Essential New Music: Soul Asylum’s “Change Of Fortune”

Watching Soul Asylum hawk liner note shout-outs, Skype drum workshops, private shows, “original Dave Pirner artwork” and slots on the “guest list for life” via crowdsourcing site PledgeMusic to finance a new album 20 years after pretending not to savor its last true swig of mainstream success with Let Your Dim Light Shine, one might presume the Minneapolis quartet pines for its clock-punching days at the Frustrated, Incorporated factory.

The aptly titled Change Of Fortune, however, tells a different, far more interesting story of a band not embittered by the downswing, but enlivened—both creatively and in its (sometimes puckish, sometimes acutely sincere) we’re-not-dead-yet-motherfuckers mien. They forge (against all expectations and odds) one of the best, most fully actualized records of their three-decade-plus career—a sublime, affecting prime cut of edgy adult-contemporary pop/rock perfection that explores the darkness and light of life and love without devolving into the miserable.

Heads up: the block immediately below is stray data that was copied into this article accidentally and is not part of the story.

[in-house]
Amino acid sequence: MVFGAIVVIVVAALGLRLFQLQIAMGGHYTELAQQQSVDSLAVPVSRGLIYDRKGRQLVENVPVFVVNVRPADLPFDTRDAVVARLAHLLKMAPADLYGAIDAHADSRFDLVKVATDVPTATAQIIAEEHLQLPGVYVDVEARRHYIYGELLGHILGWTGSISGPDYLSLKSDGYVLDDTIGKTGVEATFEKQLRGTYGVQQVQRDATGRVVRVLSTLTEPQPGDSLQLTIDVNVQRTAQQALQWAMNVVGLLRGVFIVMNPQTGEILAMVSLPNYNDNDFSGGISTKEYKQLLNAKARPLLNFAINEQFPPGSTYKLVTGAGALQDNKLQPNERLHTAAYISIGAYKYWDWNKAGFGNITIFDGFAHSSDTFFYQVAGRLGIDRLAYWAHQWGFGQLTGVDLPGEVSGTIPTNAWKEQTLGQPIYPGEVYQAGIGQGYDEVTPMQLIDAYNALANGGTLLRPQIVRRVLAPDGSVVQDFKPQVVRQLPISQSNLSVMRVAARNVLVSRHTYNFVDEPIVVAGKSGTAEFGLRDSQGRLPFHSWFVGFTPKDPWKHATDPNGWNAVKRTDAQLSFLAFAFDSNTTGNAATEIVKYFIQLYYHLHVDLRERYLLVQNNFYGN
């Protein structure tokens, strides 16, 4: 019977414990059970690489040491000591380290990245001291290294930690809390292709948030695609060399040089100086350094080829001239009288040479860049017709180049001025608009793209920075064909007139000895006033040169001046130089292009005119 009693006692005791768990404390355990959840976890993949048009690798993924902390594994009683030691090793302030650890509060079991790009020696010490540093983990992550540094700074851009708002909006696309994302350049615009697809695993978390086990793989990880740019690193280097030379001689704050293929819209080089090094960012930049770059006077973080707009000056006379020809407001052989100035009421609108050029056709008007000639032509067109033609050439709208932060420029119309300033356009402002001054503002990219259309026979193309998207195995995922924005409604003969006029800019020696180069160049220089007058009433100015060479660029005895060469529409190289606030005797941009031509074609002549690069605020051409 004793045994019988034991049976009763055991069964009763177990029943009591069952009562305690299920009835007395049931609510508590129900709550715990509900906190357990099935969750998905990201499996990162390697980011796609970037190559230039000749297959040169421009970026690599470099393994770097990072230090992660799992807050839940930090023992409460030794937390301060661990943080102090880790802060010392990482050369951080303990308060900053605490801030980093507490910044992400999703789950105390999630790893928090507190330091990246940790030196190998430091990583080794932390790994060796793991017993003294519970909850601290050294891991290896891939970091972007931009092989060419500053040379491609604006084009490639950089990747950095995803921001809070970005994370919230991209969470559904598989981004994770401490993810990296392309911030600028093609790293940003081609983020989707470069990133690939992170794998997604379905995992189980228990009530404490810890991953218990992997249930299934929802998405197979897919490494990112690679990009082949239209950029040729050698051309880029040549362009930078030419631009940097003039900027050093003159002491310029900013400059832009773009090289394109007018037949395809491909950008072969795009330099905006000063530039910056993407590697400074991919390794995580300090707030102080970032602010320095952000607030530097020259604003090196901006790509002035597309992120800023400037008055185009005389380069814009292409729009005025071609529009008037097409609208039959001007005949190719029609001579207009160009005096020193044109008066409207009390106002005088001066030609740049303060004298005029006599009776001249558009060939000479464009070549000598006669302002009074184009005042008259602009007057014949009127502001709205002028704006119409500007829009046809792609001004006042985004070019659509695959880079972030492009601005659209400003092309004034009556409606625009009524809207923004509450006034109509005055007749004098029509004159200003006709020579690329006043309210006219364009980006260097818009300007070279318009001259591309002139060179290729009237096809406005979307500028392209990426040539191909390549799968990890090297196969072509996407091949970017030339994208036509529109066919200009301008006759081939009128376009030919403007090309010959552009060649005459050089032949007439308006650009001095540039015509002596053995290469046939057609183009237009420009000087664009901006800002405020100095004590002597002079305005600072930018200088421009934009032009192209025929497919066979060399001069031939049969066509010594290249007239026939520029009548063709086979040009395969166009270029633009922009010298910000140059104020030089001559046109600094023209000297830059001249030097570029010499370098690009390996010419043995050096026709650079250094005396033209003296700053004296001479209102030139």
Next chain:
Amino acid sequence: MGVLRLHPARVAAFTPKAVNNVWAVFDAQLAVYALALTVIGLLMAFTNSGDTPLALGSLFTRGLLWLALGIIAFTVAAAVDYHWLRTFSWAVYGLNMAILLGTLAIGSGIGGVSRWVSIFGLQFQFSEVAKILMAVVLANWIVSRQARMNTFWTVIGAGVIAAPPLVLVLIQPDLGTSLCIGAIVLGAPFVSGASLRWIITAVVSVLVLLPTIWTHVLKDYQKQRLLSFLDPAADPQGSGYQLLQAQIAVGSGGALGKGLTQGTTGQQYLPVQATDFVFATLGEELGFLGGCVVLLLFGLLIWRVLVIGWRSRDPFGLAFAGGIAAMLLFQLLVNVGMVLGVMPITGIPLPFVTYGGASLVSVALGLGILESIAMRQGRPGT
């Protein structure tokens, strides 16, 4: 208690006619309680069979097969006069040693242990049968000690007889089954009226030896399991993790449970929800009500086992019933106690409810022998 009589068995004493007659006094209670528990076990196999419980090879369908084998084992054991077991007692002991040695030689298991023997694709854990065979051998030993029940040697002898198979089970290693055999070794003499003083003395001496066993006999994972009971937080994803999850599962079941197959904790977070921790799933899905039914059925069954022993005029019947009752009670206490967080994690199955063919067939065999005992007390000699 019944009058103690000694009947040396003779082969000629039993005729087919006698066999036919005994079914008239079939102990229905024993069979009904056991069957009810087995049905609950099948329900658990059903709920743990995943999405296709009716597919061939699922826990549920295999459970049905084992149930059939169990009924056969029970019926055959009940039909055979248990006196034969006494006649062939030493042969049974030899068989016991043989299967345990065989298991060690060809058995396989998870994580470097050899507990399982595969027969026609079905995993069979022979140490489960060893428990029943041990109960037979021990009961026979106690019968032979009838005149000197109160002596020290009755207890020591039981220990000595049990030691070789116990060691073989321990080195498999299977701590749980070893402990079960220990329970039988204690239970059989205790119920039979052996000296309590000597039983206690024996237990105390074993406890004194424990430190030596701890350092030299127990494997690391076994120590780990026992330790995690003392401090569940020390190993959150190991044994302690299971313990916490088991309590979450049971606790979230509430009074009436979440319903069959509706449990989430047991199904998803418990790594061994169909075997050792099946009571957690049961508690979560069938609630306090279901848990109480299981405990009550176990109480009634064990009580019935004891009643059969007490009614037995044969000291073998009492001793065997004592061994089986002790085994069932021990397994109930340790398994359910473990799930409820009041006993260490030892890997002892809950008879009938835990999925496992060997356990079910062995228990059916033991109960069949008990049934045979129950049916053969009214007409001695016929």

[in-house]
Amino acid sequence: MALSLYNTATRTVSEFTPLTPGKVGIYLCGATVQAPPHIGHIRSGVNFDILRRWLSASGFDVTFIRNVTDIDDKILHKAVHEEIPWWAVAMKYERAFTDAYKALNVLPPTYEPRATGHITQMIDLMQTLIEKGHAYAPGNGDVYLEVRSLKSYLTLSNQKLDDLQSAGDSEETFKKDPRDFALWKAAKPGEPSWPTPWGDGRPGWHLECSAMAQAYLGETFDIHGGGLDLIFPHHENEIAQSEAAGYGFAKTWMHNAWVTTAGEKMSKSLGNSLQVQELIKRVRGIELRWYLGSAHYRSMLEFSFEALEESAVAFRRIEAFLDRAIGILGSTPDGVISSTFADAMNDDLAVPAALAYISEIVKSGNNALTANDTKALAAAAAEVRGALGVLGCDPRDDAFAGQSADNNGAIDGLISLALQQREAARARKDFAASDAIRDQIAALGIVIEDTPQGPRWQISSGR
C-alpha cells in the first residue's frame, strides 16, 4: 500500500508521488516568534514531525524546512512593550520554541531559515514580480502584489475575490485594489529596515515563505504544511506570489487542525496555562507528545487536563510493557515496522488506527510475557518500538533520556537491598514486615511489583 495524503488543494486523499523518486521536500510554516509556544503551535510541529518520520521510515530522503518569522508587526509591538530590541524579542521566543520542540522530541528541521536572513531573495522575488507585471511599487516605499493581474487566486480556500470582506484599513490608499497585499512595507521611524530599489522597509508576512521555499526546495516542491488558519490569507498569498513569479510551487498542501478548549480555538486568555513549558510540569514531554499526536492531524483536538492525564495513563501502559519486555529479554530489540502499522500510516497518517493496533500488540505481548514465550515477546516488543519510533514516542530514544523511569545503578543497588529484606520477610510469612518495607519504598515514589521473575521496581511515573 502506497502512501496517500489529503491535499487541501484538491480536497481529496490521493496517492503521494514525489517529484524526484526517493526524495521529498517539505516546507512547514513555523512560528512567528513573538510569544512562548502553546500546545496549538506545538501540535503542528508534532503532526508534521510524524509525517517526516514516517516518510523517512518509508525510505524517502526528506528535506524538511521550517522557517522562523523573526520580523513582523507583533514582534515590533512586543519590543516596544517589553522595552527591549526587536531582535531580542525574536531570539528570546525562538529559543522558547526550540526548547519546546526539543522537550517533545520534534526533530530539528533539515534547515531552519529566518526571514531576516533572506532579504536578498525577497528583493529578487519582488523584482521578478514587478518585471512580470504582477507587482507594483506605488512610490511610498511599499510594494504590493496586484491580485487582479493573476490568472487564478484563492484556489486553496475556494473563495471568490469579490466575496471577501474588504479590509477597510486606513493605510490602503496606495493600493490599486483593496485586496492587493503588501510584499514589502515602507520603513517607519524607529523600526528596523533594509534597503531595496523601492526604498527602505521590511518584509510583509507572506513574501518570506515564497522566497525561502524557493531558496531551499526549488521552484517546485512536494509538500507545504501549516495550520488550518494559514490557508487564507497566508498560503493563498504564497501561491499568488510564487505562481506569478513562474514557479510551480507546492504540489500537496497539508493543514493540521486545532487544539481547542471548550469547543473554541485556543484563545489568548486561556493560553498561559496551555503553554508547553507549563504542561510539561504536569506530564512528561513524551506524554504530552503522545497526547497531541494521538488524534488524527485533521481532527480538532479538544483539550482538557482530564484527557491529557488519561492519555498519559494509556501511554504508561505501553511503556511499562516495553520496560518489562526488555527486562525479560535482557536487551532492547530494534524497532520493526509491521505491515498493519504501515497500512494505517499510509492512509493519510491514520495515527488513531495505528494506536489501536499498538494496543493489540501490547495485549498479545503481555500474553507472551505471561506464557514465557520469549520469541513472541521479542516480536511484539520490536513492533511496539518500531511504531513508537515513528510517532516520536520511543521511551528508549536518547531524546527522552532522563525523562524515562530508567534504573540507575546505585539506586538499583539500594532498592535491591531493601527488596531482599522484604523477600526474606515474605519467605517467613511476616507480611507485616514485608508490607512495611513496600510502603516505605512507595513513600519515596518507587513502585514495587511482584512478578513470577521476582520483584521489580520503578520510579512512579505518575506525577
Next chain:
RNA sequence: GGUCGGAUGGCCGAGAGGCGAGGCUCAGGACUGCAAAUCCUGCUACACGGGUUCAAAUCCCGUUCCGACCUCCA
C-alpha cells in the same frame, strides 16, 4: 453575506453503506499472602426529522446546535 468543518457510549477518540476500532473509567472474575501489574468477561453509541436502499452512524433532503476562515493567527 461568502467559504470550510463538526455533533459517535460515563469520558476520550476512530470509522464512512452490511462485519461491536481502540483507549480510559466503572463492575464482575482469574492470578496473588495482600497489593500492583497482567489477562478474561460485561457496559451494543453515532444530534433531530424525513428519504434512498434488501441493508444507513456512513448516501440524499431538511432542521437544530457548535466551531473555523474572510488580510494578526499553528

—Shawn Macomber